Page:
And Now, Back to the Barn Dogs
By Cindy Hale
Wednesday, June 1, 2011
I can’t seem to live a life with horses without also somehow living a life with dogs. Whether they’re barn dogs or house dogs wishing to be barn dogs, I always have a story or two to share. Today is no exception.
First off, there’s my little Schnauzer, Betsy. Though she weighs all of fourteen pounds and consists primarily of whiskers and a stubby tail, she imagines herself to be a Doberman. Lacking any herding ability or the canine commonsense to stay clear of hooves, she’s confined to the house and patio. Once in a while, however, she’s permitted to patrol the barn area, a duty she assumes with the self-importance of a German Shepherd.
About a week ago, during a skirmish with a lizard she was determined to keep from invading the stack of hay bales, she cut her paw. That led to some obsessive licking, which then brought forth an infection, requiring several trips to the vet clinic. Betsy was prescribed a course of antibiotics and twice-daily foot soaks with an antiseptic solution. What she found even more distasteful, if not downright humiliating, was that she was also required to wear a rigid collar strapped around her neck to prevent her from licking her paw. Yes, she was forced to wear The Cone of Shame. Immediately her demeanor changed. She seemed to think that every other dog was looking at her. And laughing.
To help lift her spirits I rummaged through my craft supplies, found some construction paper, and made her a modified Cone of Shame. It wasn’t quite as cumbersome yet it still did the job. Then, to make her feel even better, I rounded up a few of her favorite toys and made cones for them, too. I know. Either I’m becoming one of those nutty people who worry about their dog’s psychological well-being or I have too much free time. Maybe both.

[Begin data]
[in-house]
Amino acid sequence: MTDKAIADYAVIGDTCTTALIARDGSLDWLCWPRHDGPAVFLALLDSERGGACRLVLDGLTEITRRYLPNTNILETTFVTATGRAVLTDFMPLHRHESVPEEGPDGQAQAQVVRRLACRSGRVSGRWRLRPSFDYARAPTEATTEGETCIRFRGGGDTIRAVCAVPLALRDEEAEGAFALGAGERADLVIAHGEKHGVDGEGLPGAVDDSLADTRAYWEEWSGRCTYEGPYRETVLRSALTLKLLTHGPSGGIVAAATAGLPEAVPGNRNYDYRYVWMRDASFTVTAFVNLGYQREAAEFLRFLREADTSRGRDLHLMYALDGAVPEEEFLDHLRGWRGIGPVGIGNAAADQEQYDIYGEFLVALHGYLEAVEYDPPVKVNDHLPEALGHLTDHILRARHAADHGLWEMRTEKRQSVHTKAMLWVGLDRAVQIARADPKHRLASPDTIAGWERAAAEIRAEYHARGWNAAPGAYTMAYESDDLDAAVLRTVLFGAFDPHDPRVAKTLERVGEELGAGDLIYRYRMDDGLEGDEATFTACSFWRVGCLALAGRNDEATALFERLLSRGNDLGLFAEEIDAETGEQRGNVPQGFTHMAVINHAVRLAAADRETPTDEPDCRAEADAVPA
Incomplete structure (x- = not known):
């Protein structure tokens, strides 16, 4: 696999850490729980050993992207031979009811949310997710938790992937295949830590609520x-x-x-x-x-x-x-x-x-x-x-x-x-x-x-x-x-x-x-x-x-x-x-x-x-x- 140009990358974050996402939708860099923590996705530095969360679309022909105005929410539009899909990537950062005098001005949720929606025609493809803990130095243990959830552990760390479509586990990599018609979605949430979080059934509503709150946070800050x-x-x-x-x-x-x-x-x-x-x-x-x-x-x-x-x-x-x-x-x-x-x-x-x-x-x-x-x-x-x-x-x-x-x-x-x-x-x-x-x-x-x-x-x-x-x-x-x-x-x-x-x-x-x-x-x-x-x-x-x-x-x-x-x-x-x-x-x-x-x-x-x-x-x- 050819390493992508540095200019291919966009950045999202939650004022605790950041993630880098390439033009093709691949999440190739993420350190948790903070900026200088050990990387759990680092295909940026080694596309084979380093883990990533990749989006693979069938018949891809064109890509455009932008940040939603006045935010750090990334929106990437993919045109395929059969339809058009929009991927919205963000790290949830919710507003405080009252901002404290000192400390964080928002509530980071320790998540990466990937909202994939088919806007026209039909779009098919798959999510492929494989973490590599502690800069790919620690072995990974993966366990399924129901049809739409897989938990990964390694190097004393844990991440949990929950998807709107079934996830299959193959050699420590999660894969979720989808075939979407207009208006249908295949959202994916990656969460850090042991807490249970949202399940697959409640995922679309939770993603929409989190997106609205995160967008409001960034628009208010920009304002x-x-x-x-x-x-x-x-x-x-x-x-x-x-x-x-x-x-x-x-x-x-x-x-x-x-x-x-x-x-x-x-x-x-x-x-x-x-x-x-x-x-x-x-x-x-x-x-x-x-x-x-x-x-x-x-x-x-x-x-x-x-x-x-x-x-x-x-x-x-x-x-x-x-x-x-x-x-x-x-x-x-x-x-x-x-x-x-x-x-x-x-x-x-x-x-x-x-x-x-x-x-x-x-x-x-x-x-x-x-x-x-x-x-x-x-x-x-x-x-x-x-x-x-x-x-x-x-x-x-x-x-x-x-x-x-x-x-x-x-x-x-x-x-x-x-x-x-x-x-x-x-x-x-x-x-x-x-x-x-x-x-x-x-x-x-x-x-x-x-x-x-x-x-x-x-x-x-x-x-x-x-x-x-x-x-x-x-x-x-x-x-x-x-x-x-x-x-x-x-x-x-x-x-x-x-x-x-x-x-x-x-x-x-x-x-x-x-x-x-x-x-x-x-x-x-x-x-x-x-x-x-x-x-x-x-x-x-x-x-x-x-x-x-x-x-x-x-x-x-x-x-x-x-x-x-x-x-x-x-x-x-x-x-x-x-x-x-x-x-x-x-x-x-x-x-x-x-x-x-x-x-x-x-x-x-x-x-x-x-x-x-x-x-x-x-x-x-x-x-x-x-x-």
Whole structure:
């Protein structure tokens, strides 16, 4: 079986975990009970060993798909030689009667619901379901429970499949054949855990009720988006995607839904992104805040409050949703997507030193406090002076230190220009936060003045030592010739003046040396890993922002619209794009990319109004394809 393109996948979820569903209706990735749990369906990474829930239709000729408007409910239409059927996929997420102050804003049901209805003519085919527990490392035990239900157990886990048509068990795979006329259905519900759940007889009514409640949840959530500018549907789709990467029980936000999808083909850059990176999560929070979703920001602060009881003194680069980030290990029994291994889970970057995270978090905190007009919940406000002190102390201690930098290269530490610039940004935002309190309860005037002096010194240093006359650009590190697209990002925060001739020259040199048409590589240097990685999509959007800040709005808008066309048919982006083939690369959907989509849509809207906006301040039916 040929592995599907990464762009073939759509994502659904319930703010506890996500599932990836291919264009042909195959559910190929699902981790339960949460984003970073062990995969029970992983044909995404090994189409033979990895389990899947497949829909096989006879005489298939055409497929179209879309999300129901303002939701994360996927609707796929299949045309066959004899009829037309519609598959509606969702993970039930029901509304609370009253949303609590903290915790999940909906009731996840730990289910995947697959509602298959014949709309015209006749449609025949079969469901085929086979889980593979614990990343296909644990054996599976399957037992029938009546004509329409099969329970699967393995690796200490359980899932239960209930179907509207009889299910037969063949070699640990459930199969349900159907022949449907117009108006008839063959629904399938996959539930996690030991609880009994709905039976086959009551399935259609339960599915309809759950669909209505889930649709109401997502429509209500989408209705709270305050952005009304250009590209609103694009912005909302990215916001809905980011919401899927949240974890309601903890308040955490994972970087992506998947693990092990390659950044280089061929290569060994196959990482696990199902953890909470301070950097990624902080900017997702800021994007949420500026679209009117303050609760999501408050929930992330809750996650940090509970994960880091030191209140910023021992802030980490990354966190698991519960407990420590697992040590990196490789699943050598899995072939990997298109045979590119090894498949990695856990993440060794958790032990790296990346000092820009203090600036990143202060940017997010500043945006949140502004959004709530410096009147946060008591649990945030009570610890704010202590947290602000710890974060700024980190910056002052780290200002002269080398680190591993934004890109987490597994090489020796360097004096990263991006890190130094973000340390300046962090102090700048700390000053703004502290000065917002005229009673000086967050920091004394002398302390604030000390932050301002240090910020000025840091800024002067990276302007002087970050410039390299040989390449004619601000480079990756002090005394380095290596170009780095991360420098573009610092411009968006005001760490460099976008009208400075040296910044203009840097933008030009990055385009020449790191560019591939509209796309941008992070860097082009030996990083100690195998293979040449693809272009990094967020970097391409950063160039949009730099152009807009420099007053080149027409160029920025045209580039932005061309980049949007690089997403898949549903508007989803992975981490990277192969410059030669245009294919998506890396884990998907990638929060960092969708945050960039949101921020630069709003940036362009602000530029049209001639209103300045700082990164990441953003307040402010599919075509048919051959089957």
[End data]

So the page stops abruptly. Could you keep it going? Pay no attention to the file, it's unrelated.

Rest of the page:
Then I got a call from my parents. Perhaps you’ll remember that their ranch dog—I can’t help but roll my eyes while I’m typing that description—is a big ol’ dopey Labradoodle named Skippy. During his puppyhood, which curiously lasted about four years, he displayed a propensity for chewing up stuff. It went far beyond leather tack, curry combs, sweat scrapers and spray bottles of Show Sheen. Skippy also ate through the seat covers and seat belts on the ranch truck. Twice. He was just as destructive inside my parents’ house. Remote controls for the TV and countless pairs of reading glasses met their demise in the jaws of Skippy.
What had he done this time? My mom had left $35 on the kitchen counter, payment for a local guy who tractors the riding arena. I guess there’s nothing quite like the taste of paper money, because Skippy stood up on his hind legs, grabbed the stack of bills and began chomping away. In a few moments he’d reduced the $35 to a pile of green and gray confetti.
My parents sounded a little too nonchalant as they recounted this tale. Me? I was astounded. To my estimation, that brought the grand total of Labradoodle destruction to around $1,000. Well, $1,035.
“Oh, but he didn’t eat the money,” my dad said in defense of his dog.
My mom chimed in, “He only took it and chewed on it. It was just his way to try and get our attention.”
Well then, that makes such behavior so much less… felonious.
Fortunately, my mom was able to piece the tidbits together, taping them to a piece of paper like a jigsaw puzzle. Then she took her little arts ‘n crafts project to the bank where, amazingly enough, she was able to swap it for fresh, non-slobbered money. Maybe my mom has too much free time, too.
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And Now, Back to the Barn Dogs